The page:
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Sarah Rigg

Sarah Rigg

Sarah has been involved in journalism since she began producing a one-page photocopied neighborhood "newspaper" in grade school, later reporting for and then editing her high school paper. She has worked on staff at Heritage Newspapers and the (now defunct) Ann Arbor Business Review and has written as a freelancer for various publications ranging from The Crazy Wisdom Journal to the News-Herald to AnnArbor.com. She began writing for Concentrate in February 2017.

When she isn’t writing for Concentrate or doing freelance reporting and editing for other publications, she can be found cuddling her cats, bicycling, doing jigsaw puzzles with her husband, or playing board games with friends.

  • The Ypsilanti District Library and Eastern Michigan University are working to make menstruation products more accessible. In fact, the tampons and pads are available free of charge. As you’ll learn on WEMU’s 'On the Ground Ypsi,' the hope is to reduce the financial burden of these essential items while also getting rid of the stigma of menstruation. WEMU’s Josh Hakala and Concentrate Media’s Sarah Rigg get all the details in a conversation with Jesse John from EMU’s ‘Changing the Cycle’ program.
  • There are efforts within city government to develop Water Street along the Huron River. Heather Wysor is an herbalist founder of the online shop Heathers on Earth. It focuses on foraged, natural medicines. She would like to "re-wild" the downtown property. WEMU's Josh Hakala and Concentrate Media's Sarah Rigg speak with Wysor about her proposal to preserve the area's natural state.
  • New gun violence intervention programs founded in Ypsilanti are beginning to show successes. And the success is being measured by the number of young people who are being convinced that there's an alternative to gun-related revenge. WEMU's Cathy Shafran and Concentrate Media reporter Sarah Rigg introduce us to one of those success stories whose life-changing experiences have him helping others on the local Violence Intervention Team.
  • Expanding access to meaningful STEM Education: That's the mission behind UniteSTEM in Ypsilanti. The non-profit describes education as "an adventure," and it wants to create real-world career opportunities by working with local kids and giving them access to the tools required to be a success. UniteSTEM co-founder, Frank Norton, provides an insider's look at the program in this week's "On the Ground-Ypsi" with WEMU's David Fair and Concentrate Media's Sarah Rigg.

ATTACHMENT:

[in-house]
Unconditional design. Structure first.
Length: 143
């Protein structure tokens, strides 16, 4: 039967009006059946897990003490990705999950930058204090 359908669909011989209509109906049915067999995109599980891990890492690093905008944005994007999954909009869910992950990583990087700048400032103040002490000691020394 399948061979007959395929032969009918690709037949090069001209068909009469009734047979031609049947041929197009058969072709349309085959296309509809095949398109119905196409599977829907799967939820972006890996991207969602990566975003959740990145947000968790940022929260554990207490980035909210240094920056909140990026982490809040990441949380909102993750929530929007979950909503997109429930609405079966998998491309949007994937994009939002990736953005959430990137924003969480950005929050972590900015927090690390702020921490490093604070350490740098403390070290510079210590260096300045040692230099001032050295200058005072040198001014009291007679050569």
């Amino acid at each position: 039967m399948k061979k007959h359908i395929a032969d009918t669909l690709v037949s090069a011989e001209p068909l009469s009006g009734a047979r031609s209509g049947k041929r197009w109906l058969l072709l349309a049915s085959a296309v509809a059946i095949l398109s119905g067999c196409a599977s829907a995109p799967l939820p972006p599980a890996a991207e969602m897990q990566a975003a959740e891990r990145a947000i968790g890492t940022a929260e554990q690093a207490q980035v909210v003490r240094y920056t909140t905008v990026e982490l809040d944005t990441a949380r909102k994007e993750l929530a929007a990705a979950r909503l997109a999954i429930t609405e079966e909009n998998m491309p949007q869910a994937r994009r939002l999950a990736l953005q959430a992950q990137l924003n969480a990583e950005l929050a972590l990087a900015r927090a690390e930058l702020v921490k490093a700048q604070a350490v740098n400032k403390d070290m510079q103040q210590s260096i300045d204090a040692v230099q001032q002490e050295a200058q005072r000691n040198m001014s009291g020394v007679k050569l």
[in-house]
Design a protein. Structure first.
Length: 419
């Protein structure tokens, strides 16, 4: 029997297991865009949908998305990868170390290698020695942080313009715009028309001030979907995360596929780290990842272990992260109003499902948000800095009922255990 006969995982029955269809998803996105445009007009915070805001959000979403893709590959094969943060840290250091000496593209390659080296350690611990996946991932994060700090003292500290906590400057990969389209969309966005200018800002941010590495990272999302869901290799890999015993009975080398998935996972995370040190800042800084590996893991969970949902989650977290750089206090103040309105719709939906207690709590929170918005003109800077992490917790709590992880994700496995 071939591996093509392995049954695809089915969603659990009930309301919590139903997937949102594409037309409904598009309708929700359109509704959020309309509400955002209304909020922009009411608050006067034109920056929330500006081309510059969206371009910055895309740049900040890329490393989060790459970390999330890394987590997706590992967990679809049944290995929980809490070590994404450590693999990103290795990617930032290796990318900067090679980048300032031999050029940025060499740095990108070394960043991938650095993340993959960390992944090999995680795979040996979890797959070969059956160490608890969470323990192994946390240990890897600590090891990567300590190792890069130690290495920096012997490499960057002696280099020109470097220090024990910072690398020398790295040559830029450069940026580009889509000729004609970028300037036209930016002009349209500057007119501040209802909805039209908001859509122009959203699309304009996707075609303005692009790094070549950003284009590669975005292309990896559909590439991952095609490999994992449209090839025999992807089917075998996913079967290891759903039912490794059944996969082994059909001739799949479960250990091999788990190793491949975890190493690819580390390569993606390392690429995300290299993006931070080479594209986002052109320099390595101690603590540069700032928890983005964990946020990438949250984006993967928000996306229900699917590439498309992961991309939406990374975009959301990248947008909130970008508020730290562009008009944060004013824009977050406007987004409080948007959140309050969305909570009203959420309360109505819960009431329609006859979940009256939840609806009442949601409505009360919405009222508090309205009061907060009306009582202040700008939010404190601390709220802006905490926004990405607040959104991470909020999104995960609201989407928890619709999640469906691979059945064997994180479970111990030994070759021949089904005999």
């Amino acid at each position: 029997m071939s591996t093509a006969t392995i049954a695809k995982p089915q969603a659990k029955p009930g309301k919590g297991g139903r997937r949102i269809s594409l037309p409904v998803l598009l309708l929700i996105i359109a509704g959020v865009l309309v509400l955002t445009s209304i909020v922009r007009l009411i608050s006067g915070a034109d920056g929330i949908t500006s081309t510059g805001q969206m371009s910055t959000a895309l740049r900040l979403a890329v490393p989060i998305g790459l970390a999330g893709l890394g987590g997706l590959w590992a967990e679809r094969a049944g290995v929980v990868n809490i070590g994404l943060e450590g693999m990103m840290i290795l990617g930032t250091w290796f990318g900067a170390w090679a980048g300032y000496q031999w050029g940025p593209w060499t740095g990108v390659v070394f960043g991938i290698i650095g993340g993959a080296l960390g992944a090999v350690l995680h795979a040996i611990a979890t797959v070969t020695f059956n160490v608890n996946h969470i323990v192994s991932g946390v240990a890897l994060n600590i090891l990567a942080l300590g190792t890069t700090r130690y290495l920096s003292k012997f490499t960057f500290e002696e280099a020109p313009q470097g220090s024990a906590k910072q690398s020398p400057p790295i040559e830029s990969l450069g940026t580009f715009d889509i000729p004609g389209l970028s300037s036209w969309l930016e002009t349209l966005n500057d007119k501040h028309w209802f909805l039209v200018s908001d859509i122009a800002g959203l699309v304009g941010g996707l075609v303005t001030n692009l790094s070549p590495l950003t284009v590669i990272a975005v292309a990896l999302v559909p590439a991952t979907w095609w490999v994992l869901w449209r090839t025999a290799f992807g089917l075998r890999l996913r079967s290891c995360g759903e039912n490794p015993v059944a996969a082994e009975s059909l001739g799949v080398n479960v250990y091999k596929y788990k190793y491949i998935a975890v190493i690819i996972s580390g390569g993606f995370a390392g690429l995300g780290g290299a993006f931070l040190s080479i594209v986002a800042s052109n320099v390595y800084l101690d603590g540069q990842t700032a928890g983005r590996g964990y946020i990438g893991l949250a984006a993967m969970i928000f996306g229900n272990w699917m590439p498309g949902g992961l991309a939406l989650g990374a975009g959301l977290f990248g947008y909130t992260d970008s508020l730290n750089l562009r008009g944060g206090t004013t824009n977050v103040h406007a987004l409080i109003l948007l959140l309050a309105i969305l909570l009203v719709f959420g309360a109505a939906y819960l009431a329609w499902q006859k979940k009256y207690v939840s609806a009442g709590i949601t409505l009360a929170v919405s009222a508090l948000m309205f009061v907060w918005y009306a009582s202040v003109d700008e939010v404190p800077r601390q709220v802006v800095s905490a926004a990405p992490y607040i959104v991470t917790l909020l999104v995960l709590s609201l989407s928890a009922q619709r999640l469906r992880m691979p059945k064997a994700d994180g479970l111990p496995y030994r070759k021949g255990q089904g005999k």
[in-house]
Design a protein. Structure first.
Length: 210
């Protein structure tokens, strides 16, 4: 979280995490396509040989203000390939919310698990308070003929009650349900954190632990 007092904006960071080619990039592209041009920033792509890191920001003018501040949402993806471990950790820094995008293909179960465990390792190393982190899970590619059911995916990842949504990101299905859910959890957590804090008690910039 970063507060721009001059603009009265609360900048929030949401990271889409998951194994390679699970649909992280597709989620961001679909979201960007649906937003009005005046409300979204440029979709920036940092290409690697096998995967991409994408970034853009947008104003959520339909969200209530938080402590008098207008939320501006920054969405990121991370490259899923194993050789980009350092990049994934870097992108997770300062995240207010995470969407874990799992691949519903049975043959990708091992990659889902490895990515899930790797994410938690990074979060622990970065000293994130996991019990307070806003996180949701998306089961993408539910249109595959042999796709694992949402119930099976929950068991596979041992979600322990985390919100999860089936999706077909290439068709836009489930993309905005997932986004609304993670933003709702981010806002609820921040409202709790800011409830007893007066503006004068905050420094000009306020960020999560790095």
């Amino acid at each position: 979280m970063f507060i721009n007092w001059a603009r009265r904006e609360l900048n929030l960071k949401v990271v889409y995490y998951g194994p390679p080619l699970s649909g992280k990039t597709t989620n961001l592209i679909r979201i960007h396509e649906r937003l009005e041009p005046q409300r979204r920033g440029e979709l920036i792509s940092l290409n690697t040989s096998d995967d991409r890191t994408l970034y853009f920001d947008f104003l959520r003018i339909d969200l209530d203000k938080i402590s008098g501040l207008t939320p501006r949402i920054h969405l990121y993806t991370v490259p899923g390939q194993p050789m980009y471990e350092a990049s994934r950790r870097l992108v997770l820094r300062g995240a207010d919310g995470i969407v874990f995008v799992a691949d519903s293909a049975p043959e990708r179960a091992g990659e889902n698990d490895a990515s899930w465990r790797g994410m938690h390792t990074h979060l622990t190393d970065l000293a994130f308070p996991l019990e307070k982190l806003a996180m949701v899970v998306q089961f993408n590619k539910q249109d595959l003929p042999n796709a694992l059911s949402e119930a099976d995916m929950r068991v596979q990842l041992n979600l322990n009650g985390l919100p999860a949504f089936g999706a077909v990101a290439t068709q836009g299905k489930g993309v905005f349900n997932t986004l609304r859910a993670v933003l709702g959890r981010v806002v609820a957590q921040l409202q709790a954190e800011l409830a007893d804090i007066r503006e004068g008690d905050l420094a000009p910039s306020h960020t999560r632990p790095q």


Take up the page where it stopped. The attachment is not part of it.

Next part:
• Thomas Merton once said, "Art enables us to find ourselves and lose ourselves at the same time." That philosophy is similar to what an Ypsilanti-based program is creating. Miriam Kirscht is founder of Improvisation Heals. The program uses improvisational interaction to help overcome social anxieties and build confidence. WEMU's David Fair and Concentrate Media's Sarah Rigg discovered more about this innovative local program in this week's #OTGYpsi conversation.
  • The 'Black Men Read' organization has its origins in Washtenaw County but is expanding its reach across the nation. It brings African American men to read books to children with hopes of inspiring them to go far in life while highlighting the vital and positive role that Black men bring to the community. Black Men Read co-founder, Tamara Tucker-Ibarisha, joined WEMU's David Fair and Concentrate Media's Sarah Rigg to talk about the group's recent work, including adaptations to the ongoing COVID-19 pandemic.
  • All too often, those with disabilities feel left out. The notion of community-wide inclusion to forge more meaningful and productive relationships to people of all abilities is behind the soon-to-open "Work & Play Cafe" in Ypsilanti. In the return of "On the Ground Ypsi," David Fair welcomed Concentrate Media's "On the Ground" project manager, Sarah Rigg, and the subject of her article, cafe co-founder Steve Berg.